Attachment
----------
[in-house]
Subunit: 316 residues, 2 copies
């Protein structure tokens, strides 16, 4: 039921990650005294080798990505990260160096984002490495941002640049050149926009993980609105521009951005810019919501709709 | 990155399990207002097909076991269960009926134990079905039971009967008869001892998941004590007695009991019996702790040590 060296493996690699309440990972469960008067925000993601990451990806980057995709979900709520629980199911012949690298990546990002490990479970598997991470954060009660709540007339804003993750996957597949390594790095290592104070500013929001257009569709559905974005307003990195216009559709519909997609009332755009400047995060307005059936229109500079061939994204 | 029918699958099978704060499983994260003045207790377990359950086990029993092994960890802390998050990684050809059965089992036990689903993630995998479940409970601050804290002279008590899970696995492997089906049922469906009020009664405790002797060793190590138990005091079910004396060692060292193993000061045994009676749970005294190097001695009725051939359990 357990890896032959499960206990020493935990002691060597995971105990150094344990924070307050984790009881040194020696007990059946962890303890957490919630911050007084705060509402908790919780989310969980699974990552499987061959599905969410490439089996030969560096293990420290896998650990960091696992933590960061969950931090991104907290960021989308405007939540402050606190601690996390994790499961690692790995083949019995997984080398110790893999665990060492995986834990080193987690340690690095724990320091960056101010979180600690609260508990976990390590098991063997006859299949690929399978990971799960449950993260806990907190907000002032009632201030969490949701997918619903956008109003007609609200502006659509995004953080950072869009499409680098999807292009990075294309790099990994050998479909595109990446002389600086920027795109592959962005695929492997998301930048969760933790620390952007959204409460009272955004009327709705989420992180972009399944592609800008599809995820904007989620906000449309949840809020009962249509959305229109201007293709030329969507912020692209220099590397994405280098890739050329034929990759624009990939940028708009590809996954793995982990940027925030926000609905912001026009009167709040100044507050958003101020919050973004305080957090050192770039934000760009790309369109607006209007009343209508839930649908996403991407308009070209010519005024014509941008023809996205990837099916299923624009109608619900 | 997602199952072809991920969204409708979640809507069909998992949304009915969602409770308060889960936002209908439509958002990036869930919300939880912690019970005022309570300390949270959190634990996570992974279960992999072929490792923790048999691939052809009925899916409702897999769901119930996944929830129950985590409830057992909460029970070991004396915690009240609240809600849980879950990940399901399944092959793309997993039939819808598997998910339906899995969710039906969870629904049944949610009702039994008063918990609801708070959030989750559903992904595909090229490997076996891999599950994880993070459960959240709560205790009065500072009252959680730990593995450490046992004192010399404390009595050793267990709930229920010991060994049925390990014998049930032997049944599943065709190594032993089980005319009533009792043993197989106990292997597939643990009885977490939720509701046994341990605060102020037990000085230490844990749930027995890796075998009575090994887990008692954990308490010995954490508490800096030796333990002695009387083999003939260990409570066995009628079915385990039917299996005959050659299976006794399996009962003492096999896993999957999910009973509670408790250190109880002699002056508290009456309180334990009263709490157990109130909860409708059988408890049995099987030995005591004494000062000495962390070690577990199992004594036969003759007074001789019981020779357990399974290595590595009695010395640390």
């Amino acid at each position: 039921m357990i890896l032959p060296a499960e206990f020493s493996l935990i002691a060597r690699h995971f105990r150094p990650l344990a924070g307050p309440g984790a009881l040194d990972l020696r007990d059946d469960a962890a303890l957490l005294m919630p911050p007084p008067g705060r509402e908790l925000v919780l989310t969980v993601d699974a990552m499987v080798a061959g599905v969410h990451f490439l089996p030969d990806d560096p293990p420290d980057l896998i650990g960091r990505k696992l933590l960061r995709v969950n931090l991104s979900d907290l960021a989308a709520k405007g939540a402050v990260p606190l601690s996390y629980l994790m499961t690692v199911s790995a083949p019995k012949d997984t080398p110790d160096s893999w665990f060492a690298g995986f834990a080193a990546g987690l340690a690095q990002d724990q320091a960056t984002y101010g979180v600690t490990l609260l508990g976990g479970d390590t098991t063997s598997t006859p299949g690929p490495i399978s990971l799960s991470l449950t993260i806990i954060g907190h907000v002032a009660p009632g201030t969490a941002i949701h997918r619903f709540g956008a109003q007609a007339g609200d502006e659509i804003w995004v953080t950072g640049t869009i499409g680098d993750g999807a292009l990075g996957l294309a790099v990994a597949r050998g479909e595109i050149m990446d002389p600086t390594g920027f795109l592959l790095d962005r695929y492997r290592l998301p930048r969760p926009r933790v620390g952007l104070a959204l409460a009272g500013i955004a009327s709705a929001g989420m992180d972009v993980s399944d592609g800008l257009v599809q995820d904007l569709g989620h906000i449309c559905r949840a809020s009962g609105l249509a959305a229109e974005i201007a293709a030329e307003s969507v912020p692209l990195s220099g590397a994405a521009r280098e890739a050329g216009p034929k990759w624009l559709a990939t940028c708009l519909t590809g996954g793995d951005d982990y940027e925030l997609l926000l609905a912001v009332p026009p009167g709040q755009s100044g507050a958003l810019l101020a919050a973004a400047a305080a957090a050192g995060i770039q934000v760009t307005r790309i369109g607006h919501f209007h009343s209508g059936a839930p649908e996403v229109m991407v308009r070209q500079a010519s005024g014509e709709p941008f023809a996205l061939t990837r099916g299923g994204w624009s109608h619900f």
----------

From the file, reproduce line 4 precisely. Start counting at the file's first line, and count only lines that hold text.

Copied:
């Amino acid at each position: 039921m357990i890896l032959p060296a499960e206990f020493s493996l935990i002691a060597r690699h995971f105990r150094p990650l344990a924070g307050p309440g984790a009881l040194d990972l020696r007990d059946d469960a962890a303890l957490l005294m919630p911050p007084p008067g705060r509402e908790l925000v919780l989310t969980v993601d699974a990552m499987v080798a061959g599905v969410h990451f490439l089996p030969d990806d560096p293990p420290d980057l896998i650990g960091r990505k696992l933590l960061r995709v969950n931090l991104s979900d907290l960021a989308a709520k405007g939540a402050v990260p606190l601690s996390y629980l994790m499961t690692v199911s790995a083949p019995k012949d997984t080398p110790d160096s893999w665990f060492a690298g995986f834990a080193a990546g987690l340690a690095q990002d724990q320091a960056t984002y101010g979180v600690t490990l609260l508990g976990g479970d390590t098991t063997s598997t006859p299949g690929p490495i399978s990971l799960s991470l449950t993260i806990i954060g907190h907000v002032a009660p009632g201030t969490a941002i949701h997918r619903f709540g956008a109003q007609a007339g609200d502006e659509i804003w995004v953080t950072g640049t869009i499409g680098d993750g999807a292009l990075g996957l294309a790099v990994a597949r050998g479909e595109i050149m990446d002389p600086t390594g920027f795109l592959l790095d962005r695929y492997r290592l998301p930048r969760p926009r933790v620390g952007l104070a959204l409460a009272g500013i955004a009327s709705a929001g989420m992180d972009v993980s399944d592609g800008l257009v599809q995820d904007l569709g989620h906000i449309c559905r949840a809020s009962g609105l249509a959305a229109e974005i201007a293709a030329e307003s969507v912020p692209l990195s220099g590397a994405a521009r280098e890739a050329g216009p034929k990759w624009l559709a990939t940028c708009l519909t590809g996954g793995d951005d982990y940027e925030l997609l926000l609905a912001v009332p026009p009167g709040q755009s100044g507050a958003l810019l101020a919050a973004a400047a305080a957090a050192g995060i770039q934000v760009t307005r790309i369109g607006h919501f209007h009343s209508g059936a839930p649908e996403v229109m991407v308009r070209q500079a010519s005024g014509e709709p941008f023809a996205l061939t990837r099916g299923g994204w624009s109608h619900f």